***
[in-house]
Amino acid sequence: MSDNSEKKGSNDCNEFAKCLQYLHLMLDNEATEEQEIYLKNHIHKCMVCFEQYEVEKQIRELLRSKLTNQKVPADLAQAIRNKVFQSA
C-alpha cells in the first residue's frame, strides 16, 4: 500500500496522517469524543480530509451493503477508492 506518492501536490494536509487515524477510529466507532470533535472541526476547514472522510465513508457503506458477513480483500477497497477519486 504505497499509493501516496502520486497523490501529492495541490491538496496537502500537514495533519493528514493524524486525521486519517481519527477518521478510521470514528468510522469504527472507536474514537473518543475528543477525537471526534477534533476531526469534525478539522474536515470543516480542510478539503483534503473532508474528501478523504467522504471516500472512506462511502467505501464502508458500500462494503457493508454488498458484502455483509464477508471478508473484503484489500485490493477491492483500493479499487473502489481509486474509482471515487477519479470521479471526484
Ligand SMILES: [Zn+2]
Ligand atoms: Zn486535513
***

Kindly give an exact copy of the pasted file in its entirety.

[in-house]
Amino acid sequence: MSDNSEKKGSNDCNEFAKCLQYLHLMLDNEATEEQEIYLKNHIHKCMVCFEQYEVEKQIRELLRSKLTNQKVPADLAQAIRNKVFQSA
C-alpha cells in the first residue's frame, strides 16, 4: 500500500496522517469524543480530509451493503477508492 506518492501536490494536509487515524477510529466507532470533535472541526476547514472522510465513508457503506458477513480483500477497497477519486 504505497499509493501516496502520486497523490501529492495541490491538496496537502500537514495533519493528514493524524486525521486519517481519527477518521478510521470514528468510522469504527472507536474514537473518543475528543477525537471526534477534533476531526469534525478539522474536515470543516480542510478539503483534503473532508474528501478523504467522504471516500472512506462511502467505501464502508458500500462494503457493508454488498458484502455483509464477508471478508473484503484489500485490493477491492483500493479499487473502489481509486474509482471515487477519479470521479471526484
Ligand SMILES: [Zn+2]
Ligand atoms: Zn486535513